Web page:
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 Post subject: Rebellion
PostPosted: Thu Apr 28, 2016 1:59 am 
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Hey guys, I'm writing a paper on the morality of rebellion, and I was wondering what people thought.

Romans says: "Let everyone be subject to the governing authorities, for there is no authority except that which God has established. The authorities that exist have been established by God. 2 Consequently, whoever rebels against the authority is rebelling against what God has instituted, and those who do so will bring judgment on themselves. 3 For rulers hold no terror for those who do right, but for those who do wrong. Do you want to be free from fear of the one in authority? Then do what is right and you will be commended."

And 1 Peter says: "Submit yourselves for the Lord's sake to every human authority"

On the other hand, Acts says: "we ought to obey God rather than man."

Also, the apostles often ignored the law when it told them they couldn't preach. And lots of other people in the Bible ignored rulers who told them to worship idols. The Israelites rebelled a ton of times. Finally, David rebelled against Saul. None of these things are called sinful by the Bible.

So, how do we resolve this dilemma? Any thoughts?

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 Post subject: Re: Rebellion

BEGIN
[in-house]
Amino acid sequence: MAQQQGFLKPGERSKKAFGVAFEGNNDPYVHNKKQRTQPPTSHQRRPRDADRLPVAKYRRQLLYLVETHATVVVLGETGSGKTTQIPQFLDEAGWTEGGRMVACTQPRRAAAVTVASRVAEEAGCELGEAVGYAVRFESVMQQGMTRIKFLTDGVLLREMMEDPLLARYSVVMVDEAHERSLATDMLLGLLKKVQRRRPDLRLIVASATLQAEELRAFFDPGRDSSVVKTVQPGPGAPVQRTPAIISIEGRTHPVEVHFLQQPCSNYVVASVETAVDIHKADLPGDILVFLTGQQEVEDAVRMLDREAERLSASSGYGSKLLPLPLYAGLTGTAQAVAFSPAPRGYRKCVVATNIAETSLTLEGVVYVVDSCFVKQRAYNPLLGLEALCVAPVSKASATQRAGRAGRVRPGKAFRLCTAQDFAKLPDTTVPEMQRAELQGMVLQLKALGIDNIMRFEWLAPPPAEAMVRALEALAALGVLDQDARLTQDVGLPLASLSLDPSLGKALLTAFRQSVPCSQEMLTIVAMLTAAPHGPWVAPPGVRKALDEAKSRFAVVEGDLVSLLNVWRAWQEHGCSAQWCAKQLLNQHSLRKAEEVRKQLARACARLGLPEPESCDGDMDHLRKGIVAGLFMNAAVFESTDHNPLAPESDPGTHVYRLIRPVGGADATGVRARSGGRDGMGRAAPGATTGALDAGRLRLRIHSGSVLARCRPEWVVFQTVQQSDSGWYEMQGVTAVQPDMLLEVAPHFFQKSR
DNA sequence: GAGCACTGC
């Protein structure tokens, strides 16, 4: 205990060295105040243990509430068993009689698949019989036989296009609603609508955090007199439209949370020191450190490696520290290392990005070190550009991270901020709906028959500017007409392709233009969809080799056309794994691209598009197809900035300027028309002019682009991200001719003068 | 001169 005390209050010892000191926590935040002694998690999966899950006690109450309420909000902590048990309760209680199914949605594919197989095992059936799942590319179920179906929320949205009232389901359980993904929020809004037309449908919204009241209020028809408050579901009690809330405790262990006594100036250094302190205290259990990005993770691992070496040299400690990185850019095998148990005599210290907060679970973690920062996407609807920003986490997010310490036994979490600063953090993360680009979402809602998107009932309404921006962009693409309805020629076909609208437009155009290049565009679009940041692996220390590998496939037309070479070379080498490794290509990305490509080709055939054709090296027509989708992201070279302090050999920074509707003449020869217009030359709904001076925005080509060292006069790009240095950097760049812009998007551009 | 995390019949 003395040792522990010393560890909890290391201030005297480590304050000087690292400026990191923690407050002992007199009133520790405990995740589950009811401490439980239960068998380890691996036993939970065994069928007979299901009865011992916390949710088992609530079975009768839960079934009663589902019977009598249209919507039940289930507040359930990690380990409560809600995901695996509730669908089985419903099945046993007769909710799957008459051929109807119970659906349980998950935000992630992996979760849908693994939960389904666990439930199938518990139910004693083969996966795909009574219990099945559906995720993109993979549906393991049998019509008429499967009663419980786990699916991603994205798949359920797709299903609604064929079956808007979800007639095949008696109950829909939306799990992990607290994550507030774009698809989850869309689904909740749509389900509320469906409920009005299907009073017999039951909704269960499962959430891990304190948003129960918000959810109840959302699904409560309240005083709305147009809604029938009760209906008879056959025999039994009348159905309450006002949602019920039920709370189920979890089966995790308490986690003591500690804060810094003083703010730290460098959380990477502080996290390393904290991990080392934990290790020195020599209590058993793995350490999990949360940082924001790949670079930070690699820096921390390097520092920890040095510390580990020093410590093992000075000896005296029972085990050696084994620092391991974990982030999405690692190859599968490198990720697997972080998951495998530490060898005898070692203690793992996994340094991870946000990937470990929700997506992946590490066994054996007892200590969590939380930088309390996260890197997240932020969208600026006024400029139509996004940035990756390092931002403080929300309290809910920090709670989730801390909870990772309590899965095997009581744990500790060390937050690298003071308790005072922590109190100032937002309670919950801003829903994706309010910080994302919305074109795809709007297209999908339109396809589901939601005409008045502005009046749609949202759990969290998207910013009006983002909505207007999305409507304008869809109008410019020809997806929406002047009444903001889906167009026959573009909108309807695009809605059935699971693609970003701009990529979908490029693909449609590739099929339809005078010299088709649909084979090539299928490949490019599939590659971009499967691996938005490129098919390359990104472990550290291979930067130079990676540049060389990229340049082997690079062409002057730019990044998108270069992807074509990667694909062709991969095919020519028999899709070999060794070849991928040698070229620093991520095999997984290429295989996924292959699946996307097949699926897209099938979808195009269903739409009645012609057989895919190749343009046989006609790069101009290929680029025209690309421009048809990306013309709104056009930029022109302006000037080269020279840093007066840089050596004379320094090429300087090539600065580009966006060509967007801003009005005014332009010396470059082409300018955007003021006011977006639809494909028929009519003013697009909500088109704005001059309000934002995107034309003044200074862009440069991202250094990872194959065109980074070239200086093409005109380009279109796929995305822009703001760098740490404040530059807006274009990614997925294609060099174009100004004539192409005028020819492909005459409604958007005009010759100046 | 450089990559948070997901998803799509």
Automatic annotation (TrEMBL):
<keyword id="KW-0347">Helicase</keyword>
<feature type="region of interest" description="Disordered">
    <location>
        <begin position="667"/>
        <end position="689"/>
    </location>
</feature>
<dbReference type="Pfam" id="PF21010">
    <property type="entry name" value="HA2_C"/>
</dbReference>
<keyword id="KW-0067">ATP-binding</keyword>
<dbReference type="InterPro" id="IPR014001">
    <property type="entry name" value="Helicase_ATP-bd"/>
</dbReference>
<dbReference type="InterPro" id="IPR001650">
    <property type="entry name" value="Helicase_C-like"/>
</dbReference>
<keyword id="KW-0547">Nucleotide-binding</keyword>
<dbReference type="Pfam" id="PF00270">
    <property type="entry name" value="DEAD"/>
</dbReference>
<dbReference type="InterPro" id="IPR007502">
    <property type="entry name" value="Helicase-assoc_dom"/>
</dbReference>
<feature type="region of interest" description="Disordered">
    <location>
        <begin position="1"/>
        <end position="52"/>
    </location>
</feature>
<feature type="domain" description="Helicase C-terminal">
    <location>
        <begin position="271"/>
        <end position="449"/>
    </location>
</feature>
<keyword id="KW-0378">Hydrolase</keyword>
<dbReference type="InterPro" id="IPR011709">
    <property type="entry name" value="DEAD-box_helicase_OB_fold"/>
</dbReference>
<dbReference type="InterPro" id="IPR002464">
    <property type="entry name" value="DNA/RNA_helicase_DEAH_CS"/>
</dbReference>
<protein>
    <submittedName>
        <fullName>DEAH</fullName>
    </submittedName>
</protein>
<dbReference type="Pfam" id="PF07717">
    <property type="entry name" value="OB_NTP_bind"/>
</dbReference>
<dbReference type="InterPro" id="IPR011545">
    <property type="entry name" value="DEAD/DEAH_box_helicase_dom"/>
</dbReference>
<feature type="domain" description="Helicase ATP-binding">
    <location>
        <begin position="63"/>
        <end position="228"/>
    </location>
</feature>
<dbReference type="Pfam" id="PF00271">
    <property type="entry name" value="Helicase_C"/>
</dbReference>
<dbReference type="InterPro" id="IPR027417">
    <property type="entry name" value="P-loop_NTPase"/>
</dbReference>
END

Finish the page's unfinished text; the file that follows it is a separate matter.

PostPosted: Thu Apr 28, 2016 3:30 am 
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I was taught that we are commanded to obey our authorities but in a weaker way than the rest of the law. So if, for example, the authorities make going to church illegal, you can rebel. Other than that, tho, I think you're supposed to obey them. There may be some fuzzy situations (like how much can the government charge you in taxes or should you pay taxes if there's a certain chance the government is doing immoral things). But in general, it's God's law first, then whatever the authorities say.

my 2 cents.


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 Post subject: Re: Rebellion
PostPosted: Thu Apr 28, 2016 6:17 am 
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^What he said. I always thought that you should obey the law unless it contradicts what God says.

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 Post subject: Re: Rebellion
PostPosted: Thu Apr 28, 2016 6:17 pm 
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Problem is, the Bible doesn't really say that. It makes no exceptions at all. It says that rulers do not punish the good. And that you should obey ALL RULERS, because ALL are ordained by God. How do you interpret those verses to not contradict God's commandments to put the law of God above the law of man?

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 Post subject: Re: Rebellion
PostPosted: Thu Apr 28, 2016 7:30 pm 
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Acts 5:29 specifically says that it is God we follow, not men. This verse concerns a specific scenario where God's law conflicted with man's law, and the command given is to follow God, not man.